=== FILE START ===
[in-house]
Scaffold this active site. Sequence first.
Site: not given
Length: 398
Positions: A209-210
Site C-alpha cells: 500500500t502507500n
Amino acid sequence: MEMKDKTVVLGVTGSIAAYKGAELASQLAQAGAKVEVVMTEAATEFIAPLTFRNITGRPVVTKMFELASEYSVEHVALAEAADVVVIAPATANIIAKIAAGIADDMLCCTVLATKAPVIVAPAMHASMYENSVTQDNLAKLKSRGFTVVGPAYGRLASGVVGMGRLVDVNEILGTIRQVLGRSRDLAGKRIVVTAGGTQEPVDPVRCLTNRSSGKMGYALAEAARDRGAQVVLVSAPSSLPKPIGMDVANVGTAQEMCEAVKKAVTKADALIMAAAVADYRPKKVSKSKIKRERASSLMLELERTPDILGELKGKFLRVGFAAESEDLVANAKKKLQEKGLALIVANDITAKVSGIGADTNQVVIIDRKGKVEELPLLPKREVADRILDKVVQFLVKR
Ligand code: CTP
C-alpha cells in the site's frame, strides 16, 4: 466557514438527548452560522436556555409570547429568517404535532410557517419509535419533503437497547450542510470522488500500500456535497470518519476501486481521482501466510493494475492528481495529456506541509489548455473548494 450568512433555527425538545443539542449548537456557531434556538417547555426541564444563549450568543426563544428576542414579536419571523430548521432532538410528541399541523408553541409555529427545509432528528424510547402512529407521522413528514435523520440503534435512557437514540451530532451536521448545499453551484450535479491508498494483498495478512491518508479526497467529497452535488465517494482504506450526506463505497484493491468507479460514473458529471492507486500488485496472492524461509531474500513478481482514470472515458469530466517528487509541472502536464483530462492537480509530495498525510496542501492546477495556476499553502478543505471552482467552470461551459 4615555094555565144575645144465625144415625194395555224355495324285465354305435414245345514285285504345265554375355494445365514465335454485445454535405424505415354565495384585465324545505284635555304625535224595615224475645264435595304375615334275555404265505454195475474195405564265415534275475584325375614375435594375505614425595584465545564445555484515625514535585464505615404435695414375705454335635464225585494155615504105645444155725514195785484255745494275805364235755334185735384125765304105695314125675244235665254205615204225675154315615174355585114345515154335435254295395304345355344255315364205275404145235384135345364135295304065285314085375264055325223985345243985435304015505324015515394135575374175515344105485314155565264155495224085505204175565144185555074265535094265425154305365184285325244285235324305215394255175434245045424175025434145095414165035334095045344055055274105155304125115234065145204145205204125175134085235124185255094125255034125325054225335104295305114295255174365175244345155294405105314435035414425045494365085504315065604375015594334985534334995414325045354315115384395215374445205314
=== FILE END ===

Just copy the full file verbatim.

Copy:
[in-house]
Scaffold this active site. Sequence first.
Site: not given
Length: 398
Positions: A209-210
Site C-alpha cells: 500500500t502507500n
Amino acid sequence: MEMKDKTVVLGVTGSIAAYKGAELASQLAQAGAKVEVVMTEAATEFIAPLTFRNITGRPVVTKMFELASEYSVEHVALAEAADVVVIAPATANIIAKIAAGIADDMLCCTVLATKAPVIVAPAMHASMYENSVTQDNLAKLKSRGFTVVGPAYGRLASGVVGMGRLVDVNEILGTIRQVLGRSRDLAGKRIVVTAGGTQEPVDPVRCLTNRSSGKMGYALAEAARDRGAQVVLVSAPSSLPKPIGMDVANVGTAQEMCEAVKKAVTKADALIMAAAVADYRPKKVSKSKIKRERASSLMLELERTPDILGELKGKFLRVGFAAESEDLVANAKKKLQEKGLALIVANDITAKVSGIGADTNQVVIIDRKGKVEELPLLPKREVADRILDKVVQFLVKR
Ligand code: CTP
C-alpha cells in the site's frame, strides 16, 4: 466557514438527548452560522436556555409570547429568517404535532410557517419509535419533503437497547450542510470522488500500500456535497470518519476501486481521482501466510493494475492528481495529456506541509489548455473548494 450568512433555527425538545443539542449548537456557531434556538417547555426541564444563549450568543426563544428576542414579536419571523430548521432532538410528541399541523408553541409555529427545509432528528424510547402512529407521522413528514435523520440503534435512557437514540451530532451536521448545499453551484450535479491508498494483498495478512491518508479526497467529497452535488465517494482504506450526506463505497484493491468507479460514473458529471492507486500488485496472492524461509531474500513478481482514470472515458469530466517528487509541472502536464483530462492537480509530495498525510496542501492546477495556476499553502478543505471552482467552470461551459 4615555094555565144575645144465625144415625194395555224355495324285465354305435414245345514285285504345265554375355494445365514465335454485445454535405424505415354565495384585465324545505284635555304625535224595615224475645264435595304375615334275555404265505454195475474195405564265415534275475584325375614375435594375505614425595584465545564445555484515625514535585464505615404435695414375705454335635464225585494155615504105645444155725514195785484255745494275805364235755334185735384125765304105695314125675244235665254205615204225675154315615174355585114345515154335435254295395304345355344255315364205275404145235384135345364135295304065285314085375264055325223985345243985435304015505324015515394135575374175515344105485314155565264155495224085505204175565144185555074265535094265425154305365184285325244285235324305215394255175434245045424175025434145095414165035334095045344055055274105155304125115234065145204145205204125175134085235124185255094125255034125325054225335104295305114295255174365175244345155294405105314435035414425045494365085504315065604375015594334985534334995414325045354315115384395215374445205314